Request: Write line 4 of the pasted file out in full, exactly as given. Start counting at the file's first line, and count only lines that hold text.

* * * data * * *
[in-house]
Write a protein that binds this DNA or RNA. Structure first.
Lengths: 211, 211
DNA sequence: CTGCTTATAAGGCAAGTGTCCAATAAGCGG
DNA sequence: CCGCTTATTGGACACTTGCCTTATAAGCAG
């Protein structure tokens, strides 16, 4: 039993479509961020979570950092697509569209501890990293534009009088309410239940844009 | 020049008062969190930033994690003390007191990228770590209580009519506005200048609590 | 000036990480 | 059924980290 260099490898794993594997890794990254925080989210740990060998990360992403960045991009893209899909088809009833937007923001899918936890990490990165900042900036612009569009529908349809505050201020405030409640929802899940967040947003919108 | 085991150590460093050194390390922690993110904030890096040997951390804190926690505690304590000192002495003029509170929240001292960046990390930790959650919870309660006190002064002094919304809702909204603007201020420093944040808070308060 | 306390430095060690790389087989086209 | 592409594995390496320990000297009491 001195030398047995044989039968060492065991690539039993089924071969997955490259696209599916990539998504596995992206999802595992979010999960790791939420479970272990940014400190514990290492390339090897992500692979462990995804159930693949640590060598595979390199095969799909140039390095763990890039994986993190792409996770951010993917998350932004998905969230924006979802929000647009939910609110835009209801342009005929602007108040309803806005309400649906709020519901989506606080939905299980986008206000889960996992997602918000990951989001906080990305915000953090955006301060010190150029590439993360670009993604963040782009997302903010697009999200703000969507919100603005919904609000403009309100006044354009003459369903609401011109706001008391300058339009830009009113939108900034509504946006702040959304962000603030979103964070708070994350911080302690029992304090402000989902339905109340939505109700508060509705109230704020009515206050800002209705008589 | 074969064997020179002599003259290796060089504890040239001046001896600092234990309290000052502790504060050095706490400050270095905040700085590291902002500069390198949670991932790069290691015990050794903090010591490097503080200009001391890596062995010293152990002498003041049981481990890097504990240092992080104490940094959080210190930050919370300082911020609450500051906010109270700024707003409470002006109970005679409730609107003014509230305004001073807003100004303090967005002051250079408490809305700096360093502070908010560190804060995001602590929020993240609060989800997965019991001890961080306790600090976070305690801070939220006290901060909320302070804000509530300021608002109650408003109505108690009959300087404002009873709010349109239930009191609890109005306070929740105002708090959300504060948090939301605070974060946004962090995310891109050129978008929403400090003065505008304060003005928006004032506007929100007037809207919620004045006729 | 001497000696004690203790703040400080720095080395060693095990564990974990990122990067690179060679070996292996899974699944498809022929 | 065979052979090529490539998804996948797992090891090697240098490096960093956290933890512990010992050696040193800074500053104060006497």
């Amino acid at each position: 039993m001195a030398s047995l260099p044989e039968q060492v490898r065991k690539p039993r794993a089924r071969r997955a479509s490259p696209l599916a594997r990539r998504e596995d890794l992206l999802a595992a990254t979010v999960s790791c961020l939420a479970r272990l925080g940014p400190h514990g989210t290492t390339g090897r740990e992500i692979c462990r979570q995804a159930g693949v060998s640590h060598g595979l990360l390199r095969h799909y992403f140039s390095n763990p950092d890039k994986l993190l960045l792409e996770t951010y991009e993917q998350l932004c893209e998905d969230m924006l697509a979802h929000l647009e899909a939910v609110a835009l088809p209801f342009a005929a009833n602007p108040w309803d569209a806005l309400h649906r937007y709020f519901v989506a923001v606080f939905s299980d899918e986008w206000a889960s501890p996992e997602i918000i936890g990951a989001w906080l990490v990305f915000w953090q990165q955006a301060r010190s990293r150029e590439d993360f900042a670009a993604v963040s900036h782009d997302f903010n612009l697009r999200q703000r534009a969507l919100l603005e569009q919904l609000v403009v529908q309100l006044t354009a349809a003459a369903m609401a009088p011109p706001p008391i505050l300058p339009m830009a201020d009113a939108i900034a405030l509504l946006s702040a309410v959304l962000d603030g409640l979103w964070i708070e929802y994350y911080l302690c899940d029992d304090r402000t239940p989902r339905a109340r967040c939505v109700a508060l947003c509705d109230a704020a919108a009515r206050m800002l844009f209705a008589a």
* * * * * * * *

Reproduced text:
DNA sequence: CTGCTTATAAGGCAAGTGTCCAATAAGCGG